all images courtesy Skyhorse Publications
Bark Canoes and Skin Boats of North America was a seminal book. First published in 1964, fourteen years after Edwin Adney's death in 1950, the book was to greatly influence a generation of kayak builders , historians and designers. Adneys papers and a large number of bark canoe models were left to the Mariners Museum in Newport News Va. Frederick Hill, Director of the Museum placed the material in the hands of Howard Chapelle, then Curator of Transportation at the Smithsonian. Best known today for many works dealing with nautical subjects, including Boatbuilding and American Small Sailing Craft, Chapelle acknowledged having a keen interest in bark canoes and eagerly undertook the task of assembling the chaotic collection of Adney's research into a cohesive publication. He took the liberty of including a chapter on skin boats, primarily the result of research he began in 1946 at the request of Vilhljalmur Stefansson for the Encyclopedia Artica, a project which failed to materialize. The material was eventually returned to Chapelle, revised and altered after receiving criticism and suggestions from, among others, Henry B. Collins of the Smithsonian's Bureau 0f American Ethnology and John Heath, who also contributed an explantion of Greenland kayak rolling with photographs which is included in the text as an appendix. This unassuming scholarly text was to prove to be a bombshell. Still in print it has gained a wide audience and has been a major factor in the current blossom of interest in skin of frame kayaks. Several of the contemporary skin on frame kayak builders I've contacted acknowledge it as the 'Bible' or their primary inspiration. Chapelle's project was to "measure the skin boats and to make scale drawings that would permit the construction of a replica exact in details of appearance, form construction, and also in working behavior." Chapelle endeavoured to include as many identifiable types of kayaks as possible and there are kayaks drawn from Siberia to Greenland. With a total of about twenty five separate types drawn, the chapter has had tremendous impact, possibly more than the book as a whole. Most contemporary kayaks, whether derived from Greenland style boats, Aleutian models or central Canadian prototypes can trace there evolution from this book. Likely those paddling their shiny new Kevlar whatsit have no idea where it came from. It came from Aleuts or Inuit and probably through Howard Chapelle.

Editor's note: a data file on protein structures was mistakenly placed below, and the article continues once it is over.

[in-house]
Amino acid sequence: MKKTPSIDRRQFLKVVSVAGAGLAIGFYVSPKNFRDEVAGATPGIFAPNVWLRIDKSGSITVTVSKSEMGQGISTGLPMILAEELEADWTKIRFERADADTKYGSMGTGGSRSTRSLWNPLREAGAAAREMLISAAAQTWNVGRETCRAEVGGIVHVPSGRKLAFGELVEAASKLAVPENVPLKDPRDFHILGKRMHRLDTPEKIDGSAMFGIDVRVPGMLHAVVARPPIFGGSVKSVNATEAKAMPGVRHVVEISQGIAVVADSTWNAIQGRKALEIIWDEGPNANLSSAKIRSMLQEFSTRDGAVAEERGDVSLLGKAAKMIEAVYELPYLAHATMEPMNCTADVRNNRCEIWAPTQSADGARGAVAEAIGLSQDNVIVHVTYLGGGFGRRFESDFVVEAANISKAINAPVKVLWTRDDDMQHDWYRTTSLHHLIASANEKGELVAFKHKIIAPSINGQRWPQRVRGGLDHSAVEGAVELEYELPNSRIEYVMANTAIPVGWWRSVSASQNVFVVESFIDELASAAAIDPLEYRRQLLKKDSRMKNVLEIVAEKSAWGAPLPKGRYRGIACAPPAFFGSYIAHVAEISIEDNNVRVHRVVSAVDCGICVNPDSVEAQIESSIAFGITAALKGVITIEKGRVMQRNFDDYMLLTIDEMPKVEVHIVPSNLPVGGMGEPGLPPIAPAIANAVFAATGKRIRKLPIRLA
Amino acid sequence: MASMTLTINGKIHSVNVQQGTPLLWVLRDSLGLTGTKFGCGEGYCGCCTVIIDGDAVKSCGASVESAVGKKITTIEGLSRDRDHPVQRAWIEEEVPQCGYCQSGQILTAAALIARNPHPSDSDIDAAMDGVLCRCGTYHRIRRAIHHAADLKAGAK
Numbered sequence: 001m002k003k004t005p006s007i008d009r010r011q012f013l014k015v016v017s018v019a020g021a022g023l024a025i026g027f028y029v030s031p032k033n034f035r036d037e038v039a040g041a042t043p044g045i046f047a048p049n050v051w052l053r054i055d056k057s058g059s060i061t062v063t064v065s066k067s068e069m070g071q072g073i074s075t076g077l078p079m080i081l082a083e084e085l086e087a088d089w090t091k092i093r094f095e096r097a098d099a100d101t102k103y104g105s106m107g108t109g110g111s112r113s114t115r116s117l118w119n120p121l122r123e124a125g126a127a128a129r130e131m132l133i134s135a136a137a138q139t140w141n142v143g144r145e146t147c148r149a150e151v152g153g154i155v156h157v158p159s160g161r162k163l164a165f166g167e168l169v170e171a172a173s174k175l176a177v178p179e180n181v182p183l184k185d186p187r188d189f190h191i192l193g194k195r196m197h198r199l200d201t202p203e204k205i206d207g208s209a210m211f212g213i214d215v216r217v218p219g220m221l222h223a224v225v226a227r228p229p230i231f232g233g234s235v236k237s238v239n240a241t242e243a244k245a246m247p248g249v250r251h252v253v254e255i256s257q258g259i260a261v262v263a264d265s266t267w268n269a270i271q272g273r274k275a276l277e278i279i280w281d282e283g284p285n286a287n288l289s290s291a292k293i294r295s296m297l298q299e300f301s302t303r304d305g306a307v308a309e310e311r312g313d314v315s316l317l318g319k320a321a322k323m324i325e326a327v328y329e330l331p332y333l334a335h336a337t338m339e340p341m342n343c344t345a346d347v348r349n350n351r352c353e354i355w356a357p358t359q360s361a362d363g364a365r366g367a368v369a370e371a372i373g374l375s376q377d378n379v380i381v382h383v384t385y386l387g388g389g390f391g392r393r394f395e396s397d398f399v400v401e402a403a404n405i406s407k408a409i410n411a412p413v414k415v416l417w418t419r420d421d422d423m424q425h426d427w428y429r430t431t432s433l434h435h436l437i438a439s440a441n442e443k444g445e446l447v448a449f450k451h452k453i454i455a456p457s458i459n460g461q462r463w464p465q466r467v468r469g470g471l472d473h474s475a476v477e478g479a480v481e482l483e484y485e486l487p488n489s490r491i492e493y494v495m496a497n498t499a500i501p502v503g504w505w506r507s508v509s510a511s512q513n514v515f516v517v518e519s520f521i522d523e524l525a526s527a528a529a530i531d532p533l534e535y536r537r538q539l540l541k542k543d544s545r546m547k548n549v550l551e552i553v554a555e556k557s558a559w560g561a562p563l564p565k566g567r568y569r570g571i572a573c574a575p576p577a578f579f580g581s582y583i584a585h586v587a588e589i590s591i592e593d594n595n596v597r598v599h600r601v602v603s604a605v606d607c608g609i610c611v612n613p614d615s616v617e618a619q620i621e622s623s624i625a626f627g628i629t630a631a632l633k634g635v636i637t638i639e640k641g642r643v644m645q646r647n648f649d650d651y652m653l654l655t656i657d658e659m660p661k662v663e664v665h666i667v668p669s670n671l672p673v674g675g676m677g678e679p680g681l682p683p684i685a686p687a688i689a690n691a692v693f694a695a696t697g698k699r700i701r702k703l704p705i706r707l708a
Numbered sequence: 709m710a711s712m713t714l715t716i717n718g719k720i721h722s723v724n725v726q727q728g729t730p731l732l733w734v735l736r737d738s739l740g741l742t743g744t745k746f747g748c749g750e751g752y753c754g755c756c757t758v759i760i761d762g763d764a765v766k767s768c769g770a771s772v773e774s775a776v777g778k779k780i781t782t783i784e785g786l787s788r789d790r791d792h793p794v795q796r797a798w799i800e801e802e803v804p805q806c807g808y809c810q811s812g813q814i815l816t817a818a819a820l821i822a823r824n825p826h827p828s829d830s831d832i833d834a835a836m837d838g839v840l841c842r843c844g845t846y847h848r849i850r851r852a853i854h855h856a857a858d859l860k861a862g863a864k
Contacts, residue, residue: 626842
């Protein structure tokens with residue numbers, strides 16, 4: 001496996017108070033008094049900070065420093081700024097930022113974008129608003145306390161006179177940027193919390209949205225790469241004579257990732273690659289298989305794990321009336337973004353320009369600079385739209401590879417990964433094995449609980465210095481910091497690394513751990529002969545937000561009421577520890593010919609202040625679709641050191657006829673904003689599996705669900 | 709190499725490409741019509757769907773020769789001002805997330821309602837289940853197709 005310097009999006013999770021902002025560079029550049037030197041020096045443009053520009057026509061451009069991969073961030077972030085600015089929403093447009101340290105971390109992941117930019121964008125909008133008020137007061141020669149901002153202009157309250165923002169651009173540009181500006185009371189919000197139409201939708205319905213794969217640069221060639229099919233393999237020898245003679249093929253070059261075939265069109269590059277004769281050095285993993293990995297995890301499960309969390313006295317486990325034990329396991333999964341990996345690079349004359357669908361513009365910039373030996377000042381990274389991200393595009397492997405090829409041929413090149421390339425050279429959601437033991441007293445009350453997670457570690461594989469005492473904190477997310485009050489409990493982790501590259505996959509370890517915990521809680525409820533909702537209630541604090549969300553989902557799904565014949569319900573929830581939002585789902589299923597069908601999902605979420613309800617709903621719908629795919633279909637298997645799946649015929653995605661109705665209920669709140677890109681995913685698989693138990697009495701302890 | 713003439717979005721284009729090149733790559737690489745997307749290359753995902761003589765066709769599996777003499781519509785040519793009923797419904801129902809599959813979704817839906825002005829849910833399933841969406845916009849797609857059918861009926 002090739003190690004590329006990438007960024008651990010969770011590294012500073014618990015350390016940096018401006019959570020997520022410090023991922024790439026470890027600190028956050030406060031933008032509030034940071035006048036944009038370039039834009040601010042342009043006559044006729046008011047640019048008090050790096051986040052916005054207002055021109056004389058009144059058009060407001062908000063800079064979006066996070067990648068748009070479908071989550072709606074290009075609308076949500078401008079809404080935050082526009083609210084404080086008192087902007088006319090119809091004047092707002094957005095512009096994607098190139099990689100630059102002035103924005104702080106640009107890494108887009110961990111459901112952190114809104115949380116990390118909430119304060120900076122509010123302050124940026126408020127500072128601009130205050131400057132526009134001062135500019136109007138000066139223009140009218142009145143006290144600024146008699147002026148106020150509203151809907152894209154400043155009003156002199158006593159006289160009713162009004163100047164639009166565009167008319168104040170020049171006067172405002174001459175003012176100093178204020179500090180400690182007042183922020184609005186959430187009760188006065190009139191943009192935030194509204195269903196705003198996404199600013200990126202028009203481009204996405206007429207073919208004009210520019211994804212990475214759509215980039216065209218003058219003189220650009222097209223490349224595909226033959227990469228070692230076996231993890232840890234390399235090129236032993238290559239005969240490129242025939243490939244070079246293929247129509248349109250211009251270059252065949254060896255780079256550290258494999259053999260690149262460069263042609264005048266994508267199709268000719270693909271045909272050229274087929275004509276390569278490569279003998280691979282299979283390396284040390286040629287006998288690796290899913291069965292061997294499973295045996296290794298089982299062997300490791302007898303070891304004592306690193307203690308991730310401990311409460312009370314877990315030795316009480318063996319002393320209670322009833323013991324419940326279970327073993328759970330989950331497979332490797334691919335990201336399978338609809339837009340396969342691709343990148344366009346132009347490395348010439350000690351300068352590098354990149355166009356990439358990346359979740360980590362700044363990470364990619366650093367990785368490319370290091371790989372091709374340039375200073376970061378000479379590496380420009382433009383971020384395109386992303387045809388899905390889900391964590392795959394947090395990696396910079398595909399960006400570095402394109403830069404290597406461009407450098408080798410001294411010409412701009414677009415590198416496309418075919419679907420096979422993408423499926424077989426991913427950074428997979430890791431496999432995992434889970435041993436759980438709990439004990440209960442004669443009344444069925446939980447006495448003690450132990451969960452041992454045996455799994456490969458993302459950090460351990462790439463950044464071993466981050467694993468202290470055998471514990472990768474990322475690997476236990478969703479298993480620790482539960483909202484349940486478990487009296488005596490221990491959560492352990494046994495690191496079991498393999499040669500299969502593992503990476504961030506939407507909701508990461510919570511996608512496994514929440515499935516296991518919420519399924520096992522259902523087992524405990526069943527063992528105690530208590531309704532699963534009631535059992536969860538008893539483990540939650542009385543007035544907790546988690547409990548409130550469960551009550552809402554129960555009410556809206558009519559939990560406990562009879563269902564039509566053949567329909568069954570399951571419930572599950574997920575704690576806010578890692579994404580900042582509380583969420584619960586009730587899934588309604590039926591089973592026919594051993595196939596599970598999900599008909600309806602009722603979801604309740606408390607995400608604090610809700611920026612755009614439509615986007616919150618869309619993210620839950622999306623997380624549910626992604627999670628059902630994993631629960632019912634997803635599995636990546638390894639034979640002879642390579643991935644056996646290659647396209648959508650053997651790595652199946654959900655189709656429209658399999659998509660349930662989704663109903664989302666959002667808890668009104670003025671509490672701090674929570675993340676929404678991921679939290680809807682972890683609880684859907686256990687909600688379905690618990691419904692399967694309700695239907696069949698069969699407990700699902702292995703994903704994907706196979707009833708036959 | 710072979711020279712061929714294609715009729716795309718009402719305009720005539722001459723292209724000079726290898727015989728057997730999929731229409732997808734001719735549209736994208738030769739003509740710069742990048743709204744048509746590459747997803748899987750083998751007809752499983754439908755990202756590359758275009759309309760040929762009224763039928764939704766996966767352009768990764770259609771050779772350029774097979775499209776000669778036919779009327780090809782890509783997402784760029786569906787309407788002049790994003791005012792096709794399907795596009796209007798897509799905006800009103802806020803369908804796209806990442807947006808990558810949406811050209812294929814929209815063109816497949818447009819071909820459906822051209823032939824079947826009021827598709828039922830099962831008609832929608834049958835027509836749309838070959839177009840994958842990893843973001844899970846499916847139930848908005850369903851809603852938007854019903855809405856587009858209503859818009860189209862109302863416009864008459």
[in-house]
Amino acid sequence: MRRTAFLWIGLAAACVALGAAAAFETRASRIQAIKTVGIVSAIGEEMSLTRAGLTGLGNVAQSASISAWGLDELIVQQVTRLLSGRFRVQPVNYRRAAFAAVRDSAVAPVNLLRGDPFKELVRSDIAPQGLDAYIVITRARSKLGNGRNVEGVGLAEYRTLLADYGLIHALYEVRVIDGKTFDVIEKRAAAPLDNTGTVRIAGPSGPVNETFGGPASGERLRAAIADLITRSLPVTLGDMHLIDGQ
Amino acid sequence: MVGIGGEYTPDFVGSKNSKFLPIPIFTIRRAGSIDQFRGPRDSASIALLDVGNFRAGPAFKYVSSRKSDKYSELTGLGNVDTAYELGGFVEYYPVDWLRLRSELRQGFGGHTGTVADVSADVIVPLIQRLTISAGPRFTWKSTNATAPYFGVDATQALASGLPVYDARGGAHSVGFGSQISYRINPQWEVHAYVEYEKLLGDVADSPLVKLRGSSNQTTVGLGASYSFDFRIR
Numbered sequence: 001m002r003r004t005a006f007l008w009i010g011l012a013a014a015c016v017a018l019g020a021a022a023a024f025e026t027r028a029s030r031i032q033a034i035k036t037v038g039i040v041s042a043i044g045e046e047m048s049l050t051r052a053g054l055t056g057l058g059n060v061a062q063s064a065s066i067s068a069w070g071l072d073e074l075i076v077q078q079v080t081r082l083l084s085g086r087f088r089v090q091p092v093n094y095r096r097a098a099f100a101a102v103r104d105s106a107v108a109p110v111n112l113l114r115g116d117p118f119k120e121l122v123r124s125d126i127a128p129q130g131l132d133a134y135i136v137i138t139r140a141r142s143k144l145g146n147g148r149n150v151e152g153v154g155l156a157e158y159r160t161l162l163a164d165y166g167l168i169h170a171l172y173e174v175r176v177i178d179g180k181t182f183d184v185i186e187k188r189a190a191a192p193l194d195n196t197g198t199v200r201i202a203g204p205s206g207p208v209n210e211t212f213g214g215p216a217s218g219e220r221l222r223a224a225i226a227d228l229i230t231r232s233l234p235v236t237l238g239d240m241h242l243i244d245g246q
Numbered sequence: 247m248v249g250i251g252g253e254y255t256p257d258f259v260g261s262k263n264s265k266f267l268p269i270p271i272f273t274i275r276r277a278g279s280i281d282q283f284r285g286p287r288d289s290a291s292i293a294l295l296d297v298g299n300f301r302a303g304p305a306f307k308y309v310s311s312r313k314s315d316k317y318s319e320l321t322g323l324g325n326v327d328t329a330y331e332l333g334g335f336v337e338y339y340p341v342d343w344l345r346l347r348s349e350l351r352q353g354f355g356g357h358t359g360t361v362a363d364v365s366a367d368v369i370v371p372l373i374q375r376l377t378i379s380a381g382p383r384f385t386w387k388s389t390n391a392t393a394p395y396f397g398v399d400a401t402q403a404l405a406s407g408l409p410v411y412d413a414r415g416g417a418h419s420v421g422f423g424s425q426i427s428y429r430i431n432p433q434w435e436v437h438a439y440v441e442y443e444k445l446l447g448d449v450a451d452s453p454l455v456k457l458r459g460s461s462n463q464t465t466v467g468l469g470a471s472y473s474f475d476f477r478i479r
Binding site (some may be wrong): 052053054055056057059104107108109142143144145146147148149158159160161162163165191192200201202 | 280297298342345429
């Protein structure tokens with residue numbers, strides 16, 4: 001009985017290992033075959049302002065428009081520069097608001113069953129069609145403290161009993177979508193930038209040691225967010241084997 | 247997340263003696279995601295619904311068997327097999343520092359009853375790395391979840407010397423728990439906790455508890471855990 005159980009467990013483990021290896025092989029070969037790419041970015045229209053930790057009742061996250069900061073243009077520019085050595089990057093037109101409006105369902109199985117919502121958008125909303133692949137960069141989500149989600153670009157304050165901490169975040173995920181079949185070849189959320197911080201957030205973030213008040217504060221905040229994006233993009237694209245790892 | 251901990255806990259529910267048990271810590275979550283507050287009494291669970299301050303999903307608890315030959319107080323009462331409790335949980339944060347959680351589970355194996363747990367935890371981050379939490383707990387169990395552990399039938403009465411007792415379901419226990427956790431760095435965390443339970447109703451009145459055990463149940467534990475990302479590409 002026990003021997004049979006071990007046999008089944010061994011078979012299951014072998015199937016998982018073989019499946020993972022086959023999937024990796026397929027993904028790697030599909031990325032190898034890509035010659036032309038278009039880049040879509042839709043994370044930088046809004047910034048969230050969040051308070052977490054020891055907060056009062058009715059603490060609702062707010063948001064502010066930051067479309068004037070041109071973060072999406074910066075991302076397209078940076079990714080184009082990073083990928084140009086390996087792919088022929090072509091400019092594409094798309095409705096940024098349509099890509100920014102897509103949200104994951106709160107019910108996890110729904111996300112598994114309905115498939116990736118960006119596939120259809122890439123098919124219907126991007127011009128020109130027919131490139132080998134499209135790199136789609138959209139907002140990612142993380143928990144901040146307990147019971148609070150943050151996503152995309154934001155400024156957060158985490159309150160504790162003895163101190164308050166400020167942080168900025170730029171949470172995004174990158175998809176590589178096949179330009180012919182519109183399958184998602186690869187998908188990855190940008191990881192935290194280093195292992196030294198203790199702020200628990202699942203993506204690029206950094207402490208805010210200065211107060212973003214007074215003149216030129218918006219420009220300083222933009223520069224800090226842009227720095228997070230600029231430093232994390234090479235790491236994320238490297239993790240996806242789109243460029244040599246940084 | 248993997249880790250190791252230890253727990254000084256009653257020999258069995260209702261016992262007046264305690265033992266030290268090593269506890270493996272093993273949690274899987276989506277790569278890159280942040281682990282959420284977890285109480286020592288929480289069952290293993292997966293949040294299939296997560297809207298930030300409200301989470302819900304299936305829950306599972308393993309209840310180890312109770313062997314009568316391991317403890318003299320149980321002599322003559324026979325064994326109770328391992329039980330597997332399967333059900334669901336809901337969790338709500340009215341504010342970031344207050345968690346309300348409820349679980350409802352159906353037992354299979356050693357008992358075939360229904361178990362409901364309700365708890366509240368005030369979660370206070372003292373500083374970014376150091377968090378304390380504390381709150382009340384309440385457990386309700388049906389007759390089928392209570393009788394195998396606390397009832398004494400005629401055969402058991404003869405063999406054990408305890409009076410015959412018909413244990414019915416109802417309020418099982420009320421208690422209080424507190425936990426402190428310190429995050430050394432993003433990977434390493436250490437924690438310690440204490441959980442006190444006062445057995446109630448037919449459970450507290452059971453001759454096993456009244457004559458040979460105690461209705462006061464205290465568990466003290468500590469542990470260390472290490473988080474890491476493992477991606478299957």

Dia dhuit, Thomas!
Just saw the exchange you had on qajaqusa & that reminded me of a couple posts a Dutch kayak blogger had done on the Ken Taylor/Anas Acuta connection -
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